The dendritic cell then uses the protein chains it gathered from eating the invading cells and uses them to recruit more help.  In short, your body already has an immune cell that is specifically designed to fit almost any infection and your body maintains cells that ‘remember’ each infection that has attacked your body.  This is why many people argue it is important to expose yourself to stuff as a kid via eating dirt and bathing in mud (this is not entirely true, of course, but the spirit is common).  We call these cells Helper T-cells and they mostly hang out in the lymph nodes.  (You have probably heard of T-cells because these are the cells specifically that the HIV virus primarily targets.)  So the dendritic cell enters the lymphatic system and goes node by node until it finds a T-cell that matches the infection that it has identified.  Once identified, the T-cells can direct the immune system and create more of the specific cells, antigens, and antibodies needed to combat the specific infection.

The question, of course, is why do the T-cells and ‘dormant’ immune cells hang out in the lymphatic system rather than circling the blood stream, constantly guarding against infection.  To be fair, many of them do, especially in the immediate periods after infection.  However, the storage of immune cells in the lymphatic system is, in short, to keep the system from being too active.  Many immune cells cause widespread damage and have no system for differentiating good cells and bad cells.  Thus, these cells need to be kept in reserve until they are truly necessary.  Much of your crummy feeling from when you are sick is actually just your immune system trying to fight the infection rather than the infection itself.  Fever, inflammation, achiness; that is all your body’s immune response to infection, not necessarily the infection itself.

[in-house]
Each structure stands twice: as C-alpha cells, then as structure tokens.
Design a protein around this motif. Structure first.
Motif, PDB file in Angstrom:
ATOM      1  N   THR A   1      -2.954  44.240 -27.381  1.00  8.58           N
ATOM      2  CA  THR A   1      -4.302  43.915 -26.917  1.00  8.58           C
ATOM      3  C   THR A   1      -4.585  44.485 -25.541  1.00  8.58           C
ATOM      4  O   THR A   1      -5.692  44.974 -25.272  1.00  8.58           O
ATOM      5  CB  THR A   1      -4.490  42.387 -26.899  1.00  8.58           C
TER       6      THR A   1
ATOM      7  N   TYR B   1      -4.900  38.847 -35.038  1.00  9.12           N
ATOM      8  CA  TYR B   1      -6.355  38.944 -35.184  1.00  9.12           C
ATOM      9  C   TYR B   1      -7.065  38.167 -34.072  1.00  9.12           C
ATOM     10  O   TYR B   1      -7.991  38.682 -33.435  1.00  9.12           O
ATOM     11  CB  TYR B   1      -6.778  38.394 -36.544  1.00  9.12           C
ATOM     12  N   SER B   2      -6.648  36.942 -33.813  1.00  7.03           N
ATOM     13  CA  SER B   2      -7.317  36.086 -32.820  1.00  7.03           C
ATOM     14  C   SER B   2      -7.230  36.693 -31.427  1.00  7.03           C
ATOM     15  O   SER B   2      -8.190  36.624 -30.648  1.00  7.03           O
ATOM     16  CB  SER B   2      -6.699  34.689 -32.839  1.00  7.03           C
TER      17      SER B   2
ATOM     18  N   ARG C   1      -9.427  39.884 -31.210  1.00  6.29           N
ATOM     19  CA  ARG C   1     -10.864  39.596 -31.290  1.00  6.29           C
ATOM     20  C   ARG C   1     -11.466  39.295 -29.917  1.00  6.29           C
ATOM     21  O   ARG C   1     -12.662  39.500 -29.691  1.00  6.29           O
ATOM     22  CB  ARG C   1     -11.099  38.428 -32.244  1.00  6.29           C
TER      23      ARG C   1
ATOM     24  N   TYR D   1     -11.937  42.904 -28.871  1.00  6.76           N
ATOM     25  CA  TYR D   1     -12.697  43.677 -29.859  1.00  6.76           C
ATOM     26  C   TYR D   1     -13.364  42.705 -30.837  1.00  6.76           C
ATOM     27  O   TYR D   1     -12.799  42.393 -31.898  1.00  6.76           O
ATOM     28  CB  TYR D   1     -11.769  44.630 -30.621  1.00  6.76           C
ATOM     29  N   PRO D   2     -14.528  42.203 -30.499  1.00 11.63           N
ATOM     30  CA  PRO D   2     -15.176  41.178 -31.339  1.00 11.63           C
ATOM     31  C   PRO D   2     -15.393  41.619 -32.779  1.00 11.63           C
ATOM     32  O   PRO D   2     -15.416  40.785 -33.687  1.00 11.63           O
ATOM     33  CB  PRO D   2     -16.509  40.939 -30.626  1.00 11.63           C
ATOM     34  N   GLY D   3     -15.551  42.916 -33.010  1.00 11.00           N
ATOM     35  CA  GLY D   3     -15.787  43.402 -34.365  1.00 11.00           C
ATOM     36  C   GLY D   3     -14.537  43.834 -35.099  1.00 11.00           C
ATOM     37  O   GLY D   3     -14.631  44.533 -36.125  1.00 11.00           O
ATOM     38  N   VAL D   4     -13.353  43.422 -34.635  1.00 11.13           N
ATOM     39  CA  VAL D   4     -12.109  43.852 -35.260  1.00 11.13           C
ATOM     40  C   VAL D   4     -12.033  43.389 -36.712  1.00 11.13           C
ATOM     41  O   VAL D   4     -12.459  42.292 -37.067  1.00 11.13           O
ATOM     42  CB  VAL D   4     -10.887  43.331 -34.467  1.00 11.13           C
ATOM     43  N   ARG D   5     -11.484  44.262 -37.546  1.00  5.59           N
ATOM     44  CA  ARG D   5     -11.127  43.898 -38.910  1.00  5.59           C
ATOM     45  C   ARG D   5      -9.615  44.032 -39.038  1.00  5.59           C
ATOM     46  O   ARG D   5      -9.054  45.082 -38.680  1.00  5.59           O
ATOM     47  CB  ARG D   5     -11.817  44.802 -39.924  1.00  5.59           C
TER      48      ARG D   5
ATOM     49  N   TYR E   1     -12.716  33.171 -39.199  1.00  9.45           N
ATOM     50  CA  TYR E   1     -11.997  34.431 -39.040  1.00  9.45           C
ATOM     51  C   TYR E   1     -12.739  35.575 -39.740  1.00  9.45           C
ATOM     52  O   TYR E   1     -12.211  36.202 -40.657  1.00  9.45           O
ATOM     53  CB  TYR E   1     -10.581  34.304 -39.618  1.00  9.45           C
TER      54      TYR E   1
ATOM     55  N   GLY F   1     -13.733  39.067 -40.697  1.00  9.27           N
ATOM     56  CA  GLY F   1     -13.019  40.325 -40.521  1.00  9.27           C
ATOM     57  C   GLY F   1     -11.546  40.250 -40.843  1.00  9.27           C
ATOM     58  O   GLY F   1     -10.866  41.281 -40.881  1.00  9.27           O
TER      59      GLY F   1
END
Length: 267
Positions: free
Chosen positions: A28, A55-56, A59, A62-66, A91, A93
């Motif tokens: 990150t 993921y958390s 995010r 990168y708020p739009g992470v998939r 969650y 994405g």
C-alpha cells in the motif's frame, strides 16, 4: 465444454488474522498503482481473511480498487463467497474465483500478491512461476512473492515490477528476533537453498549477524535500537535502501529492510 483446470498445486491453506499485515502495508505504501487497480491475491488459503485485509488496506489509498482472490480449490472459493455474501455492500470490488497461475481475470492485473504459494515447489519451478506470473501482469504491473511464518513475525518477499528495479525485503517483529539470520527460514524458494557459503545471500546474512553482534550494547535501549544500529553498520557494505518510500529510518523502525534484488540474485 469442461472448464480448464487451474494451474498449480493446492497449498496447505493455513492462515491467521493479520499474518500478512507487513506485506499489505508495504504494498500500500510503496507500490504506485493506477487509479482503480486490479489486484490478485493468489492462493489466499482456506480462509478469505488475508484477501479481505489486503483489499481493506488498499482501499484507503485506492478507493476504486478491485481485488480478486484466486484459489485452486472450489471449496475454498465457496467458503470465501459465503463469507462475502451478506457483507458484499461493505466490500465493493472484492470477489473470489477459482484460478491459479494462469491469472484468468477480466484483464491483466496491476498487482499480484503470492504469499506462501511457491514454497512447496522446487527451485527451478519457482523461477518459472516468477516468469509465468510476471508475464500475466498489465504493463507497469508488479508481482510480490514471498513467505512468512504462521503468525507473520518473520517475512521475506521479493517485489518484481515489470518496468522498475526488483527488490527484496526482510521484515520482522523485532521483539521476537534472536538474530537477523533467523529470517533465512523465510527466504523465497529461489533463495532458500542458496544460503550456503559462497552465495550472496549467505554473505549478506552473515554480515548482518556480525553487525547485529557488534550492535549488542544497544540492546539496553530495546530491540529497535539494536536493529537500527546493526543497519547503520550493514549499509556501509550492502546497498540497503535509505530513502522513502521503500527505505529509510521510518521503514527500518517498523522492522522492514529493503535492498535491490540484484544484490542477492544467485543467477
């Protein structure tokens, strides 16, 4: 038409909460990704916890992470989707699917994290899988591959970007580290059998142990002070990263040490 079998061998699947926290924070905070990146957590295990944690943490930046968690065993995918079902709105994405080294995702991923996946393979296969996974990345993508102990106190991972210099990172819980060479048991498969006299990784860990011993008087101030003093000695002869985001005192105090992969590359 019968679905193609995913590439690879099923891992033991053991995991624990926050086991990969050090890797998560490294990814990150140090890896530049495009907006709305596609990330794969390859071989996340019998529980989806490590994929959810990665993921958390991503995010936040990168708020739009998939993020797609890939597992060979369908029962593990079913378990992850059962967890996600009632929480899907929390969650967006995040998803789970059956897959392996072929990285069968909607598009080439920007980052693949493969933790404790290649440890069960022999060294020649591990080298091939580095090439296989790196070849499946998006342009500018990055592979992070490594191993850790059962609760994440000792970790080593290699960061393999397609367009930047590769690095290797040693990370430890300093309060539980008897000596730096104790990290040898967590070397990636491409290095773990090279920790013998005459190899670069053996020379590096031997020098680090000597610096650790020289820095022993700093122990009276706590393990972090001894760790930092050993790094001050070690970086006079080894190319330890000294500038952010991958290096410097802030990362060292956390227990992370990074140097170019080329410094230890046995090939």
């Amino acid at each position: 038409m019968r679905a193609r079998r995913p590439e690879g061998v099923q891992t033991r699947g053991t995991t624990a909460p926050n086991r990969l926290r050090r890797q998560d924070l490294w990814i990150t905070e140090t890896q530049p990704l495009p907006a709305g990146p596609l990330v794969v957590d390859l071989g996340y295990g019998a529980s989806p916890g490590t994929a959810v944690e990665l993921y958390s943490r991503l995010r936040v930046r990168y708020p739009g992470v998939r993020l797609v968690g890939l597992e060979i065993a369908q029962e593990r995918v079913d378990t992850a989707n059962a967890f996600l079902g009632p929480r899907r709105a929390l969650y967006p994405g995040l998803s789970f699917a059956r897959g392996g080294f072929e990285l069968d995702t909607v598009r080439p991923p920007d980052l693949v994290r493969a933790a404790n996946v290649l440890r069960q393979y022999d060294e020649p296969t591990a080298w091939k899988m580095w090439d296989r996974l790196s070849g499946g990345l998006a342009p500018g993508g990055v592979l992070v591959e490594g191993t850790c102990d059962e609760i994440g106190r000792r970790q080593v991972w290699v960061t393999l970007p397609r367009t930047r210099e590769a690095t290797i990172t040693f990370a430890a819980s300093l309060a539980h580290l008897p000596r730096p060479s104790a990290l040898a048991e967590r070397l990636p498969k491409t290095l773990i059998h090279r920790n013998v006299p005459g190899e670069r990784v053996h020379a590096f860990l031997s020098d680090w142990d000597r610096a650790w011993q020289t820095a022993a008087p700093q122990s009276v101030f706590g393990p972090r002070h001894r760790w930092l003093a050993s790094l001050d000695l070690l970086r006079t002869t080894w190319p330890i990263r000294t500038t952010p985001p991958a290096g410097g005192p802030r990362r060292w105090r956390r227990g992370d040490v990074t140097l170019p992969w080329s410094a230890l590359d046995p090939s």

And while hanging out in the lymph vessels, these immune cells gather in lymph nodes.  Thus, any substance that is moving along the lymph system back to the heart to reenter circulation must push through these collections of immune cells.  Although not a proper detoxifying and filtration system such as the kidney, the lymph nodes do identify harmful cells and gobble them up or neutralize them so they cannot return to circulation.  A colleague of mine refers to this process as the lymph nodes acting like a sort of TSA checkpoint that inspects, analyzes, and scans what is coming out of the space between cells. 

            So naturally if the lymphatic system is not operating properly – or, to continue the TSA metaphor, acting short-staffed because some lymph nodes are not acting properly – the immune system has fewer opportunities to catch foreign invaders before they begin to set up shop in the body, in our skin, and in the space between the cells.  I am excited, then, for the opportunity to work with patients to help promote better movement of lymph fluid and ultimately help the immune system function better in order to help the patients at North Carolina Physical Therapy.